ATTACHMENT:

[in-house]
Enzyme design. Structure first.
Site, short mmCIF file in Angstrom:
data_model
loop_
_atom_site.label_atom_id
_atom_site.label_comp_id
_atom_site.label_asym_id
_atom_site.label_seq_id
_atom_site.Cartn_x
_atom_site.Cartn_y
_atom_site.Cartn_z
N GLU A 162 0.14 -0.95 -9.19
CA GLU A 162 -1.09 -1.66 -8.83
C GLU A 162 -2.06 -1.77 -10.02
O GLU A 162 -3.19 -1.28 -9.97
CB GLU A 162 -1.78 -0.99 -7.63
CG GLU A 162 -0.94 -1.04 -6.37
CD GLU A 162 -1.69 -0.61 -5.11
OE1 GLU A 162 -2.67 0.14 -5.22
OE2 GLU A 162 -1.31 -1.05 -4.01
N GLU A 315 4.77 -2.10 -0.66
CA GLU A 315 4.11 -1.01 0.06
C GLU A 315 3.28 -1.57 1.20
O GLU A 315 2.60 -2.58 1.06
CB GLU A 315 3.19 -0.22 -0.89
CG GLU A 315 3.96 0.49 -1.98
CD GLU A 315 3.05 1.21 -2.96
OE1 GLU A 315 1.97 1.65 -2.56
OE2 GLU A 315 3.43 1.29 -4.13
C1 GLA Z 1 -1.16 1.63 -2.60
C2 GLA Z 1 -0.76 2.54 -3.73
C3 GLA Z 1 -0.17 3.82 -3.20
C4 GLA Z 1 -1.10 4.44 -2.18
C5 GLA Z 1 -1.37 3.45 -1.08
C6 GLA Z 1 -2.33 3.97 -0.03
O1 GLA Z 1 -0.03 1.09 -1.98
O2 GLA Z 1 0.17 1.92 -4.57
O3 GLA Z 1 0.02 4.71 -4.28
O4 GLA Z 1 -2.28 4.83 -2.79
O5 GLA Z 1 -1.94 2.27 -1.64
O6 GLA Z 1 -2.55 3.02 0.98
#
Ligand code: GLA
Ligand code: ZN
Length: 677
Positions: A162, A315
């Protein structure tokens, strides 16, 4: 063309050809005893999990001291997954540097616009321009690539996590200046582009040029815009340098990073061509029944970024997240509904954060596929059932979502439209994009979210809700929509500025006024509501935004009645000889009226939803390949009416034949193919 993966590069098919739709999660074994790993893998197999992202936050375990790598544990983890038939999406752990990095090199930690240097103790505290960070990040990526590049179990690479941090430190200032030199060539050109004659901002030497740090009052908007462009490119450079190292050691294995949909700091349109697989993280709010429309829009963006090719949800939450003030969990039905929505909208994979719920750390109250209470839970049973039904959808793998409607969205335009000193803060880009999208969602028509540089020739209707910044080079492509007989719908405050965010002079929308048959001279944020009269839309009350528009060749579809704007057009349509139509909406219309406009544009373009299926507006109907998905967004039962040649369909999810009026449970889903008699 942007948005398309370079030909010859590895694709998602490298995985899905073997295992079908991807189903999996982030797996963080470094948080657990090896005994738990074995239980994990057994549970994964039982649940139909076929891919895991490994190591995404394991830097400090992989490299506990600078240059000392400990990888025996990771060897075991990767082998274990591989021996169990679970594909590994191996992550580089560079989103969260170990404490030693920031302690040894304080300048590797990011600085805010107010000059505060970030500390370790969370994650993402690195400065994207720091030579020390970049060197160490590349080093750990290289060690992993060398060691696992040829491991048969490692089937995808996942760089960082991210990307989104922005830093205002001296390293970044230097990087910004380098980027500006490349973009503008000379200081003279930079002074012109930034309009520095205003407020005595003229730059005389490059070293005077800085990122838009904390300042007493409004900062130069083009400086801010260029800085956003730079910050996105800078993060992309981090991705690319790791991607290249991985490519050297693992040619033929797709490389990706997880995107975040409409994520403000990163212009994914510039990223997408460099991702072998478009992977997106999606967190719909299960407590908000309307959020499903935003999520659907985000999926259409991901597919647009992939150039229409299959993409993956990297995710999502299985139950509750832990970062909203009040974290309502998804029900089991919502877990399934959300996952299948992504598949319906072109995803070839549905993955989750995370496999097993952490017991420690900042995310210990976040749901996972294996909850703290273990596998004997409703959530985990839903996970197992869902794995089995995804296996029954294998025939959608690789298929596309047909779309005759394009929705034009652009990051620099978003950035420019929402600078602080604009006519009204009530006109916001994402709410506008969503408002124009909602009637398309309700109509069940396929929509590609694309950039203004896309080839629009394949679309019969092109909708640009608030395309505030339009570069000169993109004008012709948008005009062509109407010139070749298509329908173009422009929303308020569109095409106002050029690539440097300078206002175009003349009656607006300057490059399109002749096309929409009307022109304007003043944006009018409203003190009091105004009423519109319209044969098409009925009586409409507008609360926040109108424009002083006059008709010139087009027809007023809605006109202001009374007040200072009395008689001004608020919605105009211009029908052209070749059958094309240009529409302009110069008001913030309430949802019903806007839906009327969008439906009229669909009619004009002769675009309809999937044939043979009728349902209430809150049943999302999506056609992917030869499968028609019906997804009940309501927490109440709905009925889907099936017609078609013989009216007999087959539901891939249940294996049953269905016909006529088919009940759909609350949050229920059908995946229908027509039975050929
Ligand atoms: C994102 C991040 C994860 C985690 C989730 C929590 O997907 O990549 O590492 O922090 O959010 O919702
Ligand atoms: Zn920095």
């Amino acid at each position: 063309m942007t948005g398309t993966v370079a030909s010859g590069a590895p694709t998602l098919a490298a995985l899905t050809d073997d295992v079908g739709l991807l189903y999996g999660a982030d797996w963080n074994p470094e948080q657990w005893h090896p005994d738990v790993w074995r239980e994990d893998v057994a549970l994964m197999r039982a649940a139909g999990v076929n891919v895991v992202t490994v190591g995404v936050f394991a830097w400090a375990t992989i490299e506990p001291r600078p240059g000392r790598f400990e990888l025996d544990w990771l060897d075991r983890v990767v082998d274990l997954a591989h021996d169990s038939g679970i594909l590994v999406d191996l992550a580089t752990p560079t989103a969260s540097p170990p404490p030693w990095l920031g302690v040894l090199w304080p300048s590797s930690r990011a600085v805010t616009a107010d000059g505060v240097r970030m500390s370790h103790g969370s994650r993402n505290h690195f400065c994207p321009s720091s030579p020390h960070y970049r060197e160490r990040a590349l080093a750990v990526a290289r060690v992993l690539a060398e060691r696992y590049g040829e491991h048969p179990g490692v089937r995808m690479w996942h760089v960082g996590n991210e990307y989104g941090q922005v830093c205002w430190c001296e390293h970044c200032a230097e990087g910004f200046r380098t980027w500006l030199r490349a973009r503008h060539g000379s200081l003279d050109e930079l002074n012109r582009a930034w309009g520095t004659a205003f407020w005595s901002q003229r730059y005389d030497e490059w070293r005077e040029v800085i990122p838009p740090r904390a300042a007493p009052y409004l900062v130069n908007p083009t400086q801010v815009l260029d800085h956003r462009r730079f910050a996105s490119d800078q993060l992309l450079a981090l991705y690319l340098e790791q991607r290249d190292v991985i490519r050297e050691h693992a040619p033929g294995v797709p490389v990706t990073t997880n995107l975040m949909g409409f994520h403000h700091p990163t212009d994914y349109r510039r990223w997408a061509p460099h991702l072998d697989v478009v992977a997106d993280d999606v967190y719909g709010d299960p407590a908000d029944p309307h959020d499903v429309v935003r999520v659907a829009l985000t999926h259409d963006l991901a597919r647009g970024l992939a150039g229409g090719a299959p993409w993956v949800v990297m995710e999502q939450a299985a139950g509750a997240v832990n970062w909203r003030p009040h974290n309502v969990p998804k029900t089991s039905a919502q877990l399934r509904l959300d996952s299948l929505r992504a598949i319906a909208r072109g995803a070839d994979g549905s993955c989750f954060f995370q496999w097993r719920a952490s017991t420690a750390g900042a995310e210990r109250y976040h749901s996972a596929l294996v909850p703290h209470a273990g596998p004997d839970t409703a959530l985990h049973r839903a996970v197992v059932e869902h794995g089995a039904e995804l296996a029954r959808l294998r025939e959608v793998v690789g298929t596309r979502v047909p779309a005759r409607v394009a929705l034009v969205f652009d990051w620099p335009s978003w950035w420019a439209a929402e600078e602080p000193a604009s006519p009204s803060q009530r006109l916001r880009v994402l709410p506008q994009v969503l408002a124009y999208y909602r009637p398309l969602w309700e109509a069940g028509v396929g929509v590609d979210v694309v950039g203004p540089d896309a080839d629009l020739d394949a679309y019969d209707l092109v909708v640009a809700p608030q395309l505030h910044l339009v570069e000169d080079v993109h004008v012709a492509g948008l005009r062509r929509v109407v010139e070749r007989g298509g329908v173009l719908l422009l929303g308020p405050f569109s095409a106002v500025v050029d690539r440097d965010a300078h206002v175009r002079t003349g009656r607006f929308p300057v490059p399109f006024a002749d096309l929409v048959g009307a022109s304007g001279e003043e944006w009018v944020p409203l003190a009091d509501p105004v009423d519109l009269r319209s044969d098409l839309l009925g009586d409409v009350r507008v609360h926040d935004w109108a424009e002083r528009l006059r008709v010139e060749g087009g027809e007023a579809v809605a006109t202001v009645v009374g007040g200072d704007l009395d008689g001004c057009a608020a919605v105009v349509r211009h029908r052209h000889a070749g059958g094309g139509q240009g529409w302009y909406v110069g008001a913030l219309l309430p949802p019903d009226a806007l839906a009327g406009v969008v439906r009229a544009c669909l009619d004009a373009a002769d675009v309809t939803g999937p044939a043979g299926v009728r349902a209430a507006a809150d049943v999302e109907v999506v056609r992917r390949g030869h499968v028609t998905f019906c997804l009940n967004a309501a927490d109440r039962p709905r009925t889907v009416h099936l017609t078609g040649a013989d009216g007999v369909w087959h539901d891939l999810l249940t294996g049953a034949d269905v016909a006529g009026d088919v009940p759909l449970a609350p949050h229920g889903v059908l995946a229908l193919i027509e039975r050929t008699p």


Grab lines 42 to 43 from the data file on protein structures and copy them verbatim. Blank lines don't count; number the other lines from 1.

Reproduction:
O6 GLA Z 1 -2.55 3.02 0.98
#